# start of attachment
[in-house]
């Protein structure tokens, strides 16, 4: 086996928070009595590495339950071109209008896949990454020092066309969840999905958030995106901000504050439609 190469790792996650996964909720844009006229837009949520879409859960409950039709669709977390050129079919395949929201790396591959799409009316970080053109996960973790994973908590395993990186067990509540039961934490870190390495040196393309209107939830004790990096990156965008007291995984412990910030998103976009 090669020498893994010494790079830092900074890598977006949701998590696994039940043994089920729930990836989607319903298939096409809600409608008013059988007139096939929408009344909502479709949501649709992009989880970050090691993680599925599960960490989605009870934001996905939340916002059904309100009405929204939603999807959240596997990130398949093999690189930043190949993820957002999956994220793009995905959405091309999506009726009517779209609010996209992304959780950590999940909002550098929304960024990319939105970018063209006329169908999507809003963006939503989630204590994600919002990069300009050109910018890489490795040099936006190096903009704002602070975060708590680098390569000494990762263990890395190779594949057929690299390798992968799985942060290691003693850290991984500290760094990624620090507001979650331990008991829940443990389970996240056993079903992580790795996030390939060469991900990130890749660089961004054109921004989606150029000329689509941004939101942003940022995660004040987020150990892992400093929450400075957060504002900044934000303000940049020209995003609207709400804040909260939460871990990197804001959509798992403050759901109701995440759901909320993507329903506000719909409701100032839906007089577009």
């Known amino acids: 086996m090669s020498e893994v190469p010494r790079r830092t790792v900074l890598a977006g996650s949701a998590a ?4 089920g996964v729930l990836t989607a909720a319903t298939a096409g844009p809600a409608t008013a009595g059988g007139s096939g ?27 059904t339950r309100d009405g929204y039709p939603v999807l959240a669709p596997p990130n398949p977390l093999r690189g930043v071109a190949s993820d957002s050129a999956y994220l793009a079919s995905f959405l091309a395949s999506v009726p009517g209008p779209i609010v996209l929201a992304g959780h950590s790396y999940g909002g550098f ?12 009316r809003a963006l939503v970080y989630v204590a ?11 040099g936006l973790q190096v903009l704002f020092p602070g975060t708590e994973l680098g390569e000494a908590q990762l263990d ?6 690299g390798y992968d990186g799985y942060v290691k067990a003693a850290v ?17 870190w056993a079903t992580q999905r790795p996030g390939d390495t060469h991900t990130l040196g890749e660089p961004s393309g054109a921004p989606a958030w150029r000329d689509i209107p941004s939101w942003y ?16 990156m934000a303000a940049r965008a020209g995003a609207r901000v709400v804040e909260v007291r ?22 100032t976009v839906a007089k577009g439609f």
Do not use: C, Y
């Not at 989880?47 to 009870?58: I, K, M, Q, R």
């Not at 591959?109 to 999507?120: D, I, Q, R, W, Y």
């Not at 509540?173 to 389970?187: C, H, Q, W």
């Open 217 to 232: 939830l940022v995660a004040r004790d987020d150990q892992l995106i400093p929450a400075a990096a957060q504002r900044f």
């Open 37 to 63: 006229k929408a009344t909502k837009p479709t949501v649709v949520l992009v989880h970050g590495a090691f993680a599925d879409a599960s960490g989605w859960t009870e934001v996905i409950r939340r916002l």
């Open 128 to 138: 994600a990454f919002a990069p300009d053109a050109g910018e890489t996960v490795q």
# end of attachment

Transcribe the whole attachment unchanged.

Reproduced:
[in-house]
């Protein structure tokens, strides 16, 4: 086996928070009595590495339950071109209008896949990454020092066309969840999905958030995106901000504050439609 190469790792996650996964909720844009006229837009949520879409859960409950039709669709977390050129079919395949929201790396591959799409009316970080053109996960973790994973908590395993990186067990509540039961934490870190390495040196393309209107939830004790990096990156965008007291995984412990910030998103976009 090669020498893994010494790079830092900074890598977006949701998590696994039940043994089920729930990836989607319903298939096409809600409608008013059988007139096939929408009344909502479709949501649709992009989880970050090691993680599925599960960490989605009870934001996905939340916002059904309100009405929204939603999807959240596997990130398949093999690189930043190949993820957002999956994220793009995905959405091309999506009726009517779209609010996209992304959780950590999940909002550098929304960024990319939105970018063209006329169908999507809003963006939503989630204590994600919002990069300009050109910018890489490795040099936006190096903009704002602070975060708590680098390569000494990762263990890395190779594949057929690299390798992968799985942060290691003693850290991984500290760094990624620090507001979650331990008991829940443990389970996240056993079903992580790795996030390939060469991900990130890749660089961004054109921004989606150029000329689509941004939101942003940022995660004040987020150990892992400093929450400075957060504002900044934000303000940049020209995003609207709400804040909260939460871990990197804001959509798992403050759901109701995440759901909320993507329903506000719909409701100032839906007089577009």
């Known amino acids: 086996m090669s020498e893994v190469p010494r790079r830092t790792v900074l890598a977006g996650s949701a998590a ?4 089920g996964v729930l990836t989607a909720a319903t298939a096409g844009p809600a409608t008013a009595g059988g007139s096939g ?27 059904t339950r309100d009405g929204y039709p939603v999807l959240a669709p596997p990130n398949p977390l093999r690189g930043v071109a190949s993820d957002s050129a999956y994220l793009a079919s995905f959405l091309a395949s999506v009726p009517g209008p779209i609010v996209l929201a992304g959780h950590s790396y999940g909002g550098f ?12 009316r809003a963006l939503v970080y989630v204590a ?11 040099g936006l973790q190096v903009l704002f020092p602070g975060t708590e994973l680098g390569e000494a908590q990762l263990d ?6 690299g390798y992968d990186g799985y942060v290691k067990a003693a850290v ?17 870190w056993a079903t992580q999905r790795p996030g390939d390495t060469h991900t990130l040196g890749e660089p961004s393309g054109a921004p989606a958030w150029r000329d689509i209107p941004s939101w942003y ?16 990156m934000a303000a940049r965008a020209g995003a609207r901000v709400v804040e909260v007291r ?22 100032t976009v839906a007089k577009g439609f």
Do not use: C, Y
């Not at 989880?47 to 009870?58: I, K, M, Q, R």
């Not at 591959?109 to 999507?120: D, I, Q, R, W, Y």
């Not at 509540?173 to 389970?187: C, H, Q, W």
């Open 217 to 232: 939830l940022v995660a004040r004790d987020d150990q892992l995106i400093p929450a400075a990096a957060q504002r900044f």
């Open 37 to 63: 006229k929408a009344t909502k837009p479709t949501v649709v949520l992009v989880h970050g590495a090691f993680a599925d879409a599960s960490g989605w859960t009870e934001v996905i409950r939340r916002l």
């Open 128 to 138: 994600a990454f919002a990069p300009d053109a050109g910018e890489t996960v490795q």